The Supreme Court of the U.S. delivered a temporary death knell to racial equality in the state of Michigan today by upholding Michigan’s ban on affirmative action policies. In doing so, the Court clarified that the Constitution merely permits, but does not require, the use of the kind of race-conscious programs barred by the Michigan Constitution, and that individual states can choose to ban affirmative action programs. The decision comes on the heels of efforts by the California legislature to revive affirmative action.
I support affirmative action. Contrary to mainstream media claims, Asian Americans and Pacific Islanders are not the main proponents of ending affirmative action. As a Pacific Islander who has probably benefited from race-conscious policies, I have written at length about the need for affirmative action, as well as why it is constitutional. Here, I outline some reasons for why AAPI groups and individuals should not just support, but fight to restore affirmative action in Michigan, California and across the nation.
1. Allegations that the repeal of Proposition 209 would hurt Asian Americans are false. Affirmative action programs have helped countless numbers of Asian Americans and Pacific Islanders. As a historically marginalized group that has suffered both de jure and de facto discrimination, many Asian-American and Pacific Islanders have benefited from race-conscious polices in admissions and in the employment context since the 1960s. Additionally, race conscious policies continue to favor Asian-Americans and Pacific Islanders in fields where they are historically underrepresented, such as government contracting, corporate businesses, law firms, or leadership positions in government.
2. Omitting race-conscious policies would not help to break the bamboo-ceiling. Despite the mainstream notion that banning affirmative action helps Asian Americans, there is no empirical evidence to suggest that race-blind policies led to increased enrollment of Asian Americans in California. On the contrary, Asian Americans and Pacific Islanders have been hurt by the repeal of affirmative action, as projected Asian-American enrollment rates have fallen as a result of Proposition 209 in California.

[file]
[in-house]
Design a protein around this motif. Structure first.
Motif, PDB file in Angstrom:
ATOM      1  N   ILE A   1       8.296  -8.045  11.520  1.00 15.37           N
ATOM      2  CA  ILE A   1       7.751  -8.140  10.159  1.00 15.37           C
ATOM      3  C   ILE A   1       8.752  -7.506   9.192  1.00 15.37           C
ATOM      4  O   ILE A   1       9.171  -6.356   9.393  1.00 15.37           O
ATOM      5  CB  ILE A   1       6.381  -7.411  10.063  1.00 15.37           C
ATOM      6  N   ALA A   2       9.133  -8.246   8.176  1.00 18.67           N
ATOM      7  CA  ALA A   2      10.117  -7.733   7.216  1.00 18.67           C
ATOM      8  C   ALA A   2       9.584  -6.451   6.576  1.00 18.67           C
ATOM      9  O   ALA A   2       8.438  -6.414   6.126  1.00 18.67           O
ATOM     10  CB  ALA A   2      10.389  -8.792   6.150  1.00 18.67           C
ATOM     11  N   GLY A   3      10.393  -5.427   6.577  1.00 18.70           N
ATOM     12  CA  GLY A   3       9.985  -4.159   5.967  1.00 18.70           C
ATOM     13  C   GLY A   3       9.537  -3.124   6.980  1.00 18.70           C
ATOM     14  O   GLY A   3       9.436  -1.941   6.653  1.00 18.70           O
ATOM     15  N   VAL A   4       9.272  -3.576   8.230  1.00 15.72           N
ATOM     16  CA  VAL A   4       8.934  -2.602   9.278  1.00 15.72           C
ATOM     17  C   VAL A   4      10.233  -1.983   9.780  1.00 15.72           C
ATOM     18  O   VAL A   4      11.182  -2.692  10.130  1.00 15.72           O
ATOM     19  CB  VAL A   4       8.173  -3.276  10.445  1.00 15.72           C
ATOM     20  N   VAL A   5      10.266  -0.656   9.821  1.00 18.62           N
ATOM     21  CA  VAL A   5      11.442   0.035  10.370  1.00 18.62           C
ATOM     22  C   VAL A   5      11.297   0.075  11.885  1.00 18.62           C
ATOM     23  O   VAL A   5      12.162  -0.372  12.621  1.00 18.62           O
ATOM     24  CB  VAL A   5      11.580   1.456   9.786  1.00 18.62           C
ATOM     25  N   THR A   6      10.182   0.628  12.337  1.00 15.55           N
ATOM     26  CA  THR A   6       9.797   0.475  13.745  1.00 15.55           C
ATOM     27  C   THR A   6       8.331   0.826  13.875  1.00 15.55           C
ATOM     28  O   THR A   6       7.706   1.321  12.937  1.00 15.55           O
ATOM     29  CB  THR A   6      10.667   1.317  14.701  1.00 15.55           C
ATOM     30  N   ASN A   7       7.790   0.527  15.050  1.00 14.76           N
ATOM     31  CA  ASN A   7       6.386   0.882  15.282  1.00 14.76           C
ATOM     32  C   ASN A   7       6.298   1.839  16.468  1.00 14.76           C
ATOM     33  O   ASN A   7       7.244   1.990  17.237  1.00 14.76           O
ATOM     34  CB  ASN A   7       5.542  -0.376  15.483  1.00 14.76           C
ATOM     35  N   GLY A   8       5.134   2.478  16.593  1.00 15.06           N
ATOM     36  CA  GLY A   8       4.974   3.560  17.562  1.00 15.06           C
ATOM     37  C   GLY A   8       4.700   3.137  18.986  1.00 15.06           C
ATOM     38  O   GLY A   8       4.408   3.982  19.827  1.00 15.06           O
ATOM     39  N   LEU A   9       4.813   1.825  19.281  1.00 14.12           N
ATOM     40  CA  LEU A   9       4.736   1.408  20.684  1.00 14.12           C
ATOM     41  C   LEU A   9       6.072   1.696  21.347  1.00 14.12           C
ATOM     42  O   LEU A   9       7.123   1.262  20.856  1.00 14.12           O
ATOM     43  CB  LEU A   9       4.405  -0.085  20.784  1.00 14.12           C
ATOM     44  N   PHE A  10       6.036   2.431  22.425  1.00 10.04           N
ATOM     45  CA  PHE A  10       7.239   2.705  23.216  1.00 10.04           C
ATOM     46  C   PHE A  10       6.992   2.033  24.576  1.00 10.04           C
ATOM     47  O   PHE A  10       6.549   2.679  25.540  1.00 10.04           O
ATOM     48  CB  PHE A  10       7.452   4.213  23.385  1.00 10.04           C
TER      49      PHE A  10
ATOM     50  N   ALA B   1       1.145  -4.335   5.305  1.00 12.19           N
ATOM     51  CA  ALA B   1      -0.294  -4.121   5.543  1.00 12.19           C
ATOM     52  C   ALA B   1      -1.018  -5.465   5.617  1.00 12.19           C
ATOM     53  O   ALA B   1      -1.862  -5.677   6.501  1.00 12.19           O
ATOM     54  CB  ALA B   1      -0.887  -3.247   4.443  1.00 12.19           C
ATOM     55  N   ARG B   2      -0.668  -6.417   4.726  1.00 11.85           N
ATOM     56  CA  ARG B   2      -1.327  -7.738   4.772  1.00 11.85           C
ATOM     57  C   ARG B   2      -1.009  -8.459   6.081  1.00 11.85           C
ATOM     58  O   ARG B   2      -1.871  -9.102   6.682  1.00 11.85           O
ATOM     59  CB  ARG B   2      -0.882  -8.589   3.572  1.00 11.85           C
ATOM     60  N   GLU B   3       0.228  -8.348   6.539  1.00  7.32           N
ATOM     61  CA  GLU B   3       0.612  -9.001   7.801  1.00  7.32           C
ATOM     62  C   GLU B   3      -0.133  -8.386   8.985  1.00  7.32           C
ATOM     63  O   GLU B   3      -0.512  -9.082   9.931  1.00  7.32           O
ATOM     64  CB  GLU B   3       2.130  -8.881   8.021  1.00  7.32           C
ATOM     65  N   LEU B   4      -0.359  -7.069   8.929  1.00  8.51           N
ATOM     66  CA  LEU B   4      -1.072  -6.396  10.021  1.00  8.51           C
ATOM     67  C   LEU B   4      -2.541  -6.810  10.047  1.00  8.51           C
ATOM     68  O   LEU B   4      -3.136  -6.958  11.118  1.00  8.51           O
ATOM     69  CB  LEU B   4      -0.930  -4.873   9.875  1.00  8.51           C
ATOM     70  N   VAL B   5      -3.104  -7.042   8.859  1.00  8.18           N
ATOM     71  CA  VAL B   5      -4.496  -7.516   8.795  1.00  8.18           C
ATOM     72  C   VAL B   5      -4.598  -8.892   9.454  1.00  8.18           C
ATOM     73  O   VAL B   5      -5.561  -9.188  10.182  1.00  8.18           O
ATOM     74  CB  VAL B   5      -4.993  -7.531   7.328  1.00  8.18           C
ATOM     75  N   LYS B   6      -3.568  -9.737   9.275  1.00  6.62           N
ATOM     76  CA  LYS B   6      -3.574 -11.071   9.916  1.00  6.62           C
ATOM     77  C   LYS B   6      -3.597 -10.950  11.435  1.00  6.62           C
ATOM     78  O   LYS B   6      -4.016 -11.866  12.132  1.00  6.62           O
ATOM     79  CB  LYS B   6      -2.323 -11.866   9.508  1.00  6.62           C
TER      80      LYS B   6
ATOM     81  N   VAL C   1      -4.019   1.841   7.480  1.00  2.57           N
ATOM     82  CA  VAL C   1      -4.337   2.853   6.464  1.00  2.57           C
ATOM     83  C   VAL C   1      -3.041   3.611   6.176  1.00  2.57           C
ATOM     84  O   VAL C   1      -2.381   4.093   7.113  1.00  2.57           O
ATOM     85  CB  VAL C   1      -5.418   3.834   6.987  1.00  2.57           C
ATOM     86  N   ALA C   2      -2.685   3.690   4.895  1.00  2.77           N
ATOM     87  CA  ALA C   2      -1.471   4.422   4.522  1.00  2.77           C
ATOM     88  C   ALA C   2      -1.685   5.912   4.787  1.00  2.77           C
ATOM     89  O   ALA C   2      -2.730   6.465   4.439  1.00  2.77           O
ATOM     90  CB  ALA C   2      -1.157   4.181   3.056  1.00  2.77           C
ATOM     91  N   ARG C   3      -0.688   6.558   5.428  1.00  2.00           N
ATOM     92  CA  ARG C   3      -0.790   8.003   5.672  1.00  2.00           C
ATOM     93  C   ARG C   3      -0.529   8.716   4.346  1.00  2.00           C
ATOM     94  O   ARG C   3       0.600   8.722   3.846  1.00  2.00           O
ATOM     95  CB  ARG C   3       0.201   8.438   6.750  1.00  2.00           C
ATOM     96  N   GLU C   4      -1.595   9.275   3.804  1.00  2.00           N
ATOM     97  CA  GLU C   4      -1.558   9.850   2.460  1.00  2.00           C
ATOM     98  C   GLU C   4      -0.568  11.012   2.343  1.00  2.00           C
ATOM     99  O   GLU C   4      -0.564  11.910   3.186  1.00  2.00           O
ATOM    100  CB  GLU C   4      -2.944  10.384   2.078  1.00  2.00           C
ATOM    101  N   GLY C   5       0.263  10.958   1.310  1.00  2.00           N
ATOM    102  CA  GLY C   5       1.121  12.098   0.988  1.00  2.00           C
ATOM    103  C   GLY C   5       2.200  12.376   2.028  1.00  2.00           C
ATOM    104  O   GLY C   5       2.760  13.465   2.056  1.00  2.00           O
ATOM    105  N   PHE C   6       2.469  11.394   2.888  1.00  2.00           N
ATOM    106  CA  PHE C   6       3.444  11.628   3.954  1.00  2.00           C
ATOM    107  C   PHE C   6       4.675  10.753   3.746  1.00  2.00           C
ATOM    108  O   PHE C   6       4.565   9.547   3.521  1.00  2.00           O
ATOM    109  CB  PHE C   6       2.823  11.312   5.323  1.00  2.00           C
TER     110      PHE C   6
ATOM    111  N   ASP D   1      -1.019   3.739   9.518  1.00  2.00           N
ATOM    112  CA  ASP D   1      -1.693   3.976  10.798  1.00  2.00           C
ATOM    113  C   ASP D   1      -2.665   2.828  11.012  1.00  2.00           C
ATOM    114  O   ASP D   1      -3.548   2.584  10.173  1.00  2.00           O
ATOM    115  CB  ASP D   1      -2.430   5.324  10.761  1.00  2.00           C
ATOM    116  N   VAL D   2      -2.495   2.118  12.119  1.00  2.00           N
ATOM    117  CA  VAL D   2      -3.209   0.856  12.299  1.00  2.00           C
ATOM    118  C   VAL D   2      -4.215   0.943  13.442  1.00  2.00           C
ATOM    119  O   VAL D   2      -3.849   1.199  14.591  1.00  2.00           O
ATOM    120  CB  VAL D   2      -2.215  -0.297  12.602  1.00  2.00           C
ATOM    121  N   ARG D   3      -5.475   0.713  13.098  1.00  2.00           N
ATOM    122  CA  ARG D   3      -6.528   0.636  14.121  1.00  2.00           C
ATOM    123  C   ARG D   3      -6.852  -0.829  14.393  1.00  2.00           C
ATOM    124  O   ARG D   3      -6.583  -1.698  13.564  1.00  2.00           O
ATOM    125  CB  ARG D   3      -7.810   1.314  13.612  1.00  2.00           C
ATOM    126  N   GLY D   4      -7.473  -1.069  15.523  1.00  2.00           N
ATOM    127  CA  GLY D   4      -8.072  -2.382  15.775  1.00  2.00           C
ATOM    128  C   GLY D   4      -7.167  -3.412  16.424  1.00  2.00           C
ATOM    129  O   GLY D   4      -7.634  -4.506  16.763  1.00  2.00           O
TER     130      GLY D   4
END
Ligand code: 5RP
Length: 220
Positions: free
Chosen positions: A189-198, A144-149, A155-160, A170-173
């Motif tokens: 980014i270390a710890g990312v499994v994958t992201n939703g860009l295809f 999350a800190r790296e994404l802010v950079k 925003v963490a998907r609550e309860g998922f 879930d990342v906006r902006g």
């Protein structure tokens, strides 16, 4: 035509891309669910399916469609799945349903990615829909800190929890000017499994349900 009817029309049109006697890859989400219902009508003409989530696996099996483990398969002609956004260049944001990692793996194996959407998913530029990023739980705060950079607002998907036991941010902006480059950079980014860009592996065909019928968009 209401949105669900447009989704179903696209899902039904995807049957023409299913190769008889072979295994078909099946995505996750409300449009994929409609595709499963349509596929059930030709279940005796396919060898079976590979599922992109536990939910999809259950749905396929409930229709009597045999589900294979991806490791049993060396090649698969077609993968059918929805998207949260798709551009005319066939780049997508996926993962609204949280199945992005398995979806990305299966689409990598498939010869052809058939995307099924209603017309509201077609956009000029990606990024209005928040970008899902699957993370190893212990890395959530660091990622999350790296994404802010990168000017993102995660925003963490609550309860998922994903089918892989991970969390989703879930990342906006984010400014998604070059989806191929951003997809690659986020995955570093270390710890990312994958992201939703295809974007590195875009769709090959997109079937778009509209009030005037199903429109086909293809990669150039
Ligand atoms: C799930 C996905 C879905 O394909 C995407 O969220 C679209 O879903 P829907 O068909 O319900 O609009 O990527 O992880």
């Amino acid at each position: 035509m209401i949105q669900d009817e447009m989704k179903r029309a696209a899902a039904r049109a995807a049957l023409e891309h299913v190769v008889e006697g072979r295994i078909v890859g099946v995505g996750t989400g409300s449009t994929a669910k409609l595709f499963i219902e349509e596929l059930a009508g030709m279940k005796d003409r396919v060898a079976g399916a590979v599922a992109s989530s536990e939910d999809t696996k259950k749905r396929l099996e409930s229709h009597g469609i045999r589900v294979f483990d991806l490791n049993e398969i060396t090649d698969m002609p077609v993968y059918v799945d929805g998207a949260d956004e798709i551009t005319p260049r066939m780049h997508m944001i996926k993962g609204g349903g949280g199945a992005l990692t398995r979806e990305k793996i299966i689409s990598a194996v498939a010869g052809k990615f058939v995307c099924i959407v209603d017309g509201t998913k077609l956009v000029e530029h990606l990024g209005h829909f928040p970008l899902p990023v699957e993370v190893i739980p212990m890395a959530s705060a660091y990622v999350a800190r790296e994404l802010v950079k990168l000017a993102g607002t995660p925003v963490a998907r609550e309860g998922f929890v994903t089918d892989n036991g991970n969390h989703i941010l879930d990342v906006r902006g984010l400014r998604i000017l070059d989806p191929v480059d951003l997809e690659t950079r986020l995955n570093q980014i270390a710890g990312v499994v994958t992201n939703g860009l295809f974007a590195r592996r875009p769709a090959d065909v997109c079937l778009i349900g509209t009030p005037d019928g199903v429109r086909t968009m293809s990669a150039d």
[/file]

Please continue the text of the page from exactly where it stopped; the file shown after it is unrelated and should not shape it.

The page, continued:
3. Going beyond the model-minority myth, many Asian-American and Pacific Islander groups are actually not living the purported American dream. Pacific Islander and Filipino students are twice as likely as their counterparts to drop out of high school. More than 50 percent of Pacific Islanders never made it to college. Hmong, Laotian, Cambodian and Vietnamese students have twice the average high school drop out rates. Affirmative action programs help to redress these inequities rather than hide it behind the cloak of “model minority.”
4. Asian-Americans and Pacific Islanders do not lead single issue lives. Many Asian-American women and LGBT Asian-Americans directly benefit from affirmative action. Moreover, Native Hawaiian, Pacific Islanders, and Southeast Asians who also fall into the broad brush of “AAPI” also stand to benefit from most affirmative action programs due to their small numbers and history of marginalization.
5. No Asian American applicant is automatically disadvantaged by affirmative action in general. Rather, affirmative action broadens the qualified applicant pool by acknowledging that minority candidates who succeed despite centuries of systemic discrimination are just as qualified, and often more qualified, to be in the room. Think of it as a game of tug of war–Isn’t the person who has had to tug against 10 people as opposed to a lower number, considerably stronger as a candidate? Besides, we all benefit from a diverse student body.
6. Opposing race-conscious policies entrenches white supremacy. White women are the primary beneficiaries of affirmative action and white men are the primary beneficiaries of legacy admits but neither face heightened legal scrutiny nor political backlash. Rather, the latest fight against affirmative action policies frames the policy as an attack on Asian-Americans as a clever tactic to avoid what is really going on: opposing race-conscious policies to continue upholding and entrenching white supremacy. By pitting various racial minority groups against each other, white supremacy continues to win.
7. Real educational equity at universities will not come by opposing affirmative action. If there aren’t enough seats in the room to accommodate everyone who deserves an education, why not bring in another chair or add another school? Affirmative action is a remedial program, but it will never lead to the kind of systemic change that we need to create a more just and equitable society. That just means we need to make remedial policies better, not get rid of them.
8. Affirmative action is necessary to level the playing field. The National Asian Pacific American Legal Consortium reports that white men make up 48 percent of the college-educated workforce, but hold more than 80 percent of the top jobs in U.S. corporations, law firms, college faculty, government, and news media